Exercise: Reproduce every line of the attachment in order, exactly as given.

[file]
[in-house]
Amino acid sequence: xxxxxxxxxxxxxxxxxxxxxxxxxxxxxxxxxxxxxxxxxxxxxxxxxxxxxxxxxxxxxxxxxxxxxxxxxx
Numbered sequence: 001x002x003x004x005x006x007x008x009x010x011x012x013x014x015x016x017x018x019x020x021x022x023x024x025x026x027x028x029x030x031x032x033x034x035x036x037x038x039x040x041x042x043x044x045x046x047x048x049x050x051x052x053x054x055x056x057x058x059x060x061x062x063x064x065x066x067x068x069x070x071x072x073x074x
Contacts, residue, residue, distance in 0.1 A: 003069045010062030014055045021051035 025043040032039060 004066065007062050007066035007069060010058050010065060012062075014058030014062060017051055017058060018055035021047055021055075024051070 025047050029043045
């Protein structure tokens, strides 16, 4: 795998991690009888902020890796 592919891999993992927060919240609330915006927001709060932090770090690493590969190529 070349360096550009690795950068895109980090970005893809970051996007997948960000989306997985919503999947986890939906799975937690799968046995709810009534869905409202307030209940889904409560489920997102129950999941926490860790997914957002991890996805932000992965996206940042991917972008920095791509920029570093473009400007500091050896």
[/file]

[in-house]
Amino acid sequence: xxxxxxxxxxxxxxxxxxxxxxxxxxxxxxxxxxxxxxxxxxxxxxxxxxxxxxxxxxxxxxxxxxxxxxxxxx
Numbered sequence: 001x002x003x004x005x006x007x008x009x010x011x012x013x014x015x016x017x018x019x020x021x022x023x024x025x026x027x028x029x030x031x032x033x034x035x036x037x038x039x040x041x042x043x044x045x046x047x048x049x050x051x052x053x054x055x056x057x058x059x060x061x062x063x064x065x066x067x068x069x070x071x072x073x074x
Contacts, residue, residue, distance in 0.1 A: 003069045010062030014055045021051035 025043040032039060 004066065007062050007066035007069060010058050010065060012062075014058030014062060017051055017058060018055035021047055021055075024051070 025047050029043045
């Protein structure tokens, strides 16, 4: 795998991690009888902020890796 592919891999993992927060919240609330915006927001709060932090770090690493590969190529 070349360096550009690795950068895109980090970005893809970051996007997948960000989306997985919503999947986890939906799975937690799968046995709810009534869905409202307030209940889904409560489920997102129950999941926490860790997914957002991890996805932000992965996206940042991917972008920095791509920029570093473009400007500091050896």